Opa! Best Wine Pairing With Greek Food

wine pairing with greek food
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Looking for the best wine pairing with Greek food? You know we’ve got you covered!

From briny feta and tangy yogurt to aromatic oregano and garlicky hummus, Greek cuisine is a treasure trove of bold, bright flavors. These intense tastes, which I adore, especially in dishes like succulent Souvlaki and creamy Tzatziki, make Greek food one of my favorites.

While Greek cuisine might not always be considered fancy, its rich and authentic flavors are incredibly satisfying and pair wonderfully with a variety of wines.

In this easy guide, we’ll explore easy-to-find wines from around the world that are perfect companions for popular Greek dishes!

But First, An Introduction to Greek Flavors

Before suggesting wine pairings, let’s take a look at some hallmarks of Greek cuisine:

  • Briny olives, salty feta, and oily fish contribute a pleasant salty tang. This needs to be balanced by a wine with refreshing acidity.
  • Herbs like oregano, dill, and mint provide herbal and earthy notes. These complement wines with similar green, herbal qualities.
  • Spices like cumin and cinnamon add warmth and subtle heat. Gentle fruit and soft tannins help temper the spiciness.
  • Lemons, tomatoes, and yogurt contribute to tangy, bright acidity. Wines with citrus-driven acidity mirror these flavors.
  • Roast peppers, grilled meats, and fried foods have a smoky, charred flavor. Fruit-forward wines match the intensity of char.

By keeping these typical flavors in mind, it becomes easier to complement the dishes with your wine choices.

Our Picks For Wine Pairing With Greek Food Dishes

wine pairing with greek food on a table overlooking ocean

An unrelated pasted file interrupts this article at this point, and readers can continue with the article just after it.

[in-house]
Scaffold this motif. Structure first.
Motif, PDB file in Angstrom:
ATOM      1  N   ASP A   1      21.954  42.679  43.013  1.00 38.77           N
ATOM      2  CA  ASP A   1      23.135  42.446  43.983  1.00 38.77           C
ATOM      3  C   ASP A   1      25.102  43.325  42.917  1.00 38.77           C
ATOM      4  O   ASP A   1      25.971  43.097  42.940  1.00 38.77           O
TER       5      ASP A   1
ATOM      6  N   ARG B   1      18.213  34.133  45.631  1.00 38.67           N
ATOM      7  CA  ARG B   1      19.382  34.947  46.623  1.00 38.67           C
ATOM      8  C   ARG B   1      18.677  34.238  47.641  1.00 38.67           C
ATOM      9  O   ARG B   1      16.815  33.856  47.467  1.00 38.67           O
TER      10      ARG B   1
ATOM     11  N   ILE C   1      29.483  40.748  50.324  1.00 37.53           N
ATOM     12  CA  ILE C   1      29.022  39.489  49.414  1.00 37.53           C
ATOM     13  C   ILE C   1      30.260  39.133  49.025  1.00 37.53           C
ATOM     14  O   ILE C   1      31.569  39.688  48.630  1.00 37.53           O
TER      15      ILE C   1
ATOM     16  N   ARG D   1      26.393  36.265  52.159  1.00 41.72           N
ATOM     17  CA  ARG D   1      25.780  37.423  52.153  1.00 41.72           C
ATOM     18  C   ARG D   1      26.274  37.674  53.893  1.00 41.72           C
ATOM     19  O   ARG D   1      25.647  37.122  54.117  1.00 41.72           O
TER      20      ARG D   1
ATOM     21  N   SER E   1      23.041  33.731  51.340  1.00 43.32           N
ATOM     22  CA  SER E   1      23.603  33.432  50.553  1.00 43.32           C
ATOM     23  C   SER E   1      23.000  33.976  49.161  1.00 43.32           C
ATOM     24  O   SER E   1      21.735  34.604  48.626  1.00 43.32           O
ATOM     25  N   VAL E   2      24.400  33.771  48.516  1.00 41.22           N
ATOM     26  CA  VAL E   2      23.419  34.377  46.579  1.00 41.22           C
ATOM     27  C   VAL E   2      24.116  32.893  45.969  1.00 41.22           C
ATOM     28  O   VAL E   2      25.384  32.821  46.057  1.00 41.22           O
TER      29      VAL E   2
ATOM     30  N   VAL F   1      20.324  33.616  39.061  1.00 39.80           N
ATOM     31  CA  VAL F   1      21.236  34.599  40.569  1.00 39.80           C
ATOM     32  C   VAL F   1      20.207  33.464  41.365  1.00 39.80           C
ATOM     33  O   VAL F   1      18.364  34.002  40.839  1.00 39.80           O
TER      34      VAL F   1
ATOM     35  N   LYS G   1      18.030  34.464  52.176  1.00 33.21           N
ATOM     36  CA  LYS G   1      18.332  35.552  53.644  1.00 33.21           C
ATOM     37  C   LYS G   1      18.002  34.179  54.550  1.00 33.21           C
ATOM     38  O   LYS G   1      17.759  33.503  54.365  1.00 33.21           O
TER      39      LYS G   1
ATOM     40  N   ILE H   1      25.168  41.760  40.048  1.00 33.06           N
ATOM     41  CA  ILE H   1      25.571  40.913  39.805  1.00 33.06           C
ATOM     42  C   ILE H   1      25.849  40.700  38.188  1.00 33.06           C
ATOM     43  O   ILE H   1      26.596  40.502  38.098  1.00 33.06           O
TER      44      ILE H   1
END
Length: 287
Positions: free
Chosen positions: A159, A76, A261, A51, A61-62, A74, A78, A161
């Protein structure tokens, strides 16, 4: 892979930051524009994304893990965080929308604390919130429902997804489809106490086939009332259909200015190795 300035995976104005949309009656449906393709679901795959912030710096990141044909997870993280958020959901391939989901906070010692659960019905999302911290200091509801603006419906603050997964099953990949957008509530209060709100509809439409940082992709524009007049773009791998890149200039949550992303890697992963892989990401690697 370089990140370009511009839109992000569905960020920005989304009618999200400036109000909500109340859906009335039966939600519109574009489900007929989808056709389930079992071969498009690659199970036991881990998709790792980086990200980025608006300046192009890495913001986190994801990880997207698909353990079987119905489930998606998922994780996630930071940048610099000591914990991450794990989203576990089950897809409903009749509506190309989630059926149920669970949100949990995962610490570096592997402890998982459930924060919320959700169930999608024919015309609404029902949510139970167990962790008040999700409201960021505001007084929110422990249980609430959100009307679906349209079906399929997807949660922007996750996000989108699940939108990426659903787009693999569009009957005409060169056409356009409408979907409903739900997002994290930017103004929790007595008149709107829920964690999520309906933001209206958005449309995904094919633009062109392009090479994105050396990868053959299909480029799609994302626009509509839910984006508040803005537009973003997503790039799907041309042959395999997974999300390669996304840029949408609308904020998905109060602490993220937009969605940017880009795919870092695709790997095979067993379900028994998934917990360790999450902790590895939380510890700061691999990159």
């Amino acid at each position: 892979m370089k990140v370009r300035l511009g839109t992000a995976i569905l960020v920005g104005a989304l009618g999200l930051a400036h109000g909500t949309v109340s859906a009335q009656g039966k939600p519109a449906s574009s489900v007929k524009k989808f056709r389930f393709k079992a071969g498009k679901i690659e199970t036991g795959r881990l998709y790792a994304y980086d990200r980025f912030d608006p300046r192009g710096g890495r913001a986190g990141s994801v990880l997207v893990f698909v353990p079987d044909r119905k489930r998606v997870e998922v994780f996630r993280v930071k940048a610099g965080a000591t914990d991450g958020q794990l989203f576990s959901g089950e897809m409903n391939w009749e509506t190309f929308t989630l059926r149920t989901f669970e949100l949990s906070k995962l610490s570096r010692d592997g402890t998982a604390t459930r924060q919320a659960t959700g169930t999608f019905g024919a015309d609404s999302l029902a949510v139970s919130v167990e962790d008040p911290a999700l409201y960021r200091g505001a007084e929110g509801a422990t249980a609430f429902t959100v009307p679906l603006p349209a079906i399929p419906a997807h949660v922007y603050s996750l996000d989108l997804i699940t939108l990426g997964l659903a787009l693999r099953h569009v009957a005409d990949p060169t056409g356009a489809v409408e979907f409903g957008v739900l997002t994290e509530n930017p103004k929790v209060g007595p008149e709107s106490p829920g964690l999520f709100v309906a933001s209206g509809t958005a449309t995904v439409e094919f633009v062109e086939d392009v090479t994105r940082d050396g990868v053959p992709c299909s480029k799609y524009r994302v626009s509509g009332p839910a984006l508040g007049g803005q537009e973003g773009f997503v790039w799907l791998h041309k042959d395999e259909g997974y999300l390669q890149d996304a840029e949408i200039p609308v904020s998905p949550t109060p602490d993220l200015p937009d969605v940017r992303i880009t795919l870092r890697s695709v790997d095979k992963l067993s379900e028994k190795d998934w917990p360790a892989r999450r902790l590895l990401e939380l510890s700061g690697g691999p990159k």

Wine Pairings for Mezedes (Appetizers)

As a guest dines in a Greek restaurant, you’re likely to see a spread of mezedes to subdue their appetite. Here are our suggested pairings:

  • For briny favorites like olives, hummus, and taramosalata, serve a dry Italian Pinot Grigio. Its racy acidity cuts through the richness.
  • Fried crispy treats like spanakopita, calamari, and keftedes need a Spanish Rosado. The red berry flavors balance the grease.
  • Meat mezedes like grilled lamb skewers or chicken souvlaki deserve a light Beaujolais-Villages from France. Its fruit and low tannins match the char.

Salads and Vegetable Dishes

Greek veggie dishes span from delicate salads to hearty roasted dishes. Some top wine picks:

  • For the classic Horiatiki salad with tomatoes, cucumbers, olives, and feta, pour a Sauvignon Blanc from New Zealand (one of my favorites is inexpensive Oyster Bay!). The energetic citrus and acidity complement the brine.
  • Roast eggplant, peppers, zucchini, and other veggies served warm deserve a California Zinfandel. The jammy berry notes and gentle tannins marry nicely with the smoke.
  • Cooling tzatziki yogurt sauce served with grilled pita begs for a Greek Moschofilero. The rosy, lime-kissed wine mirrors the tangy yogurt.

Seafood Matches

Greece, surrounded by seas, has perfected cooking seafood dishes. Ideal wine pairings include:

  • For grilled whole fish or fried calamari, have an Italian Pinot Grigio chilled. Its mouthwatering acidity and pear notes balance the briny seafood.